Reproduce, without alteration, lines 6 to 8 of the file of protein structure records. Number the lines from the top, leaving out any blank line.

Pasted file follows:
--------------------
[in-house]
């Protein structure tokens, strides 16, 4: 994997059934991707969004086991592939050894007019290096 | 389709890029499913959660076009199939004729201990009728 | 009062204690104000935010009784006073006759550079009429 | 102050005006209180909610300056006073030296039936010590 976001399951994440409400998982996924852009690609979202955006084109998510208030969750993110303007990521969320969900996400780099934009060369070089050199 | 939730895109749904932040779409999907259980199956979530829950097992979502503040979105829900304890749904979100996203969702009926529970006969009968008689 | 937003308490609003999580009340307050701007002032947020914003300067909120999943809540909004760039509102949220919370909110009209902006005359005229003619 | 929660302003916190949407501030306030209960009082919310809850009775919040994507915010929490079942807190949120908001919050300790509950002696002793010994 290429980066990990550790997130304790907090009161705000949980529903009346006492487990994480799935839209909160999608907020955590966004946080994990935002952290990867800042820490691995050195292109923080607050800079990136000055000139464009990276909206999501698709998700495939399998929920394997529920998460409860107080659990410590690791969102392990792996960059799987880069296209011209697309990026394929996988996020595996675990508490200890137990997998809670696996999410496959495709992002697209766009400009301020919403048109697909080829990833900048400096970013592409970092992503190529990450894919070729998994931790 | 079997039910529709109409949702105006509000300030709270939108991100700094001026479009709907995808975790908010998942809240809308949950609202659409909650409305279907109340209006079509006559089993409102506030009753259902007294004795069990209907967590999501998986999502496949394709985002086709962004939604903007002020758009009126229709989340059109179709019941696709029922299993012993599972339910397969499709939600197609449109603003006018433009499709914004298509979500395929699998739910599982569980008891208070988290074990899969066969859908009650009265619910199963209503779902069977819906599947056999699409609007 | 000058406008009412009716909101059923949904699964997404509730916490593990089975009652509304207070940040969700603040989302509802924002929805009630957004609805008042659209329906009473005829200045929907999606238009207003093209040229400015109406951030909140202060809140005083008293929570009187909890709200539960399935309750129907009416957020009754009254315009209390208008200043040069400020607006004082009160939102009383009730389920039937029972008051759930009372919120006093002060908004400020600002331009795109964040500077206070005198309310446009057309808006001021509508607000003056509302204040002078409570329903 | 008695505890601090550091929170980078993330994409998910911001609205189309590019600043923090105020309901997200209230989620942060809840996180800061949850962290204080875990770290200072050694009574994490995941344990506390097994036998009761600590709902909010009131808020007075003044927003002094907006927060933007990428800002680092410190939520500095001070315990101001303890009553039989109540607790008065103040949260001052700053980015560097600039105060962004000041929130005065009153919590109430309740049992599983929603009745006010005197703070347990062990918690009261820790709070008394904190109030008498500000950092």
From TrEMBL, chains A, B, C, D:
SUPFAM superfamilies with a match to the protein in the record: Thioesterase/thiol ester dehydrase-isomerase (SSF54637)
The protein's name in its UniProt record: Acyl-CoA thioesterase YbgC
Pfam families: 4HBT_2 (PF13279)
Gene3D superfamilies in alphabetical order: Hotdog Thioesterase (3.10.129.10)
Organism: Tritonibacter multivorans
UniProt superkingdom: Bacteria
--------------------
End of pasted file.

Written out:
Pfam families: 4HBT_2 (PF13279)
Gene3D superfamilies in alphabetical order: Hotdog Thioesterase (3.10.129.10)
Organism: Tritonibacter multivorans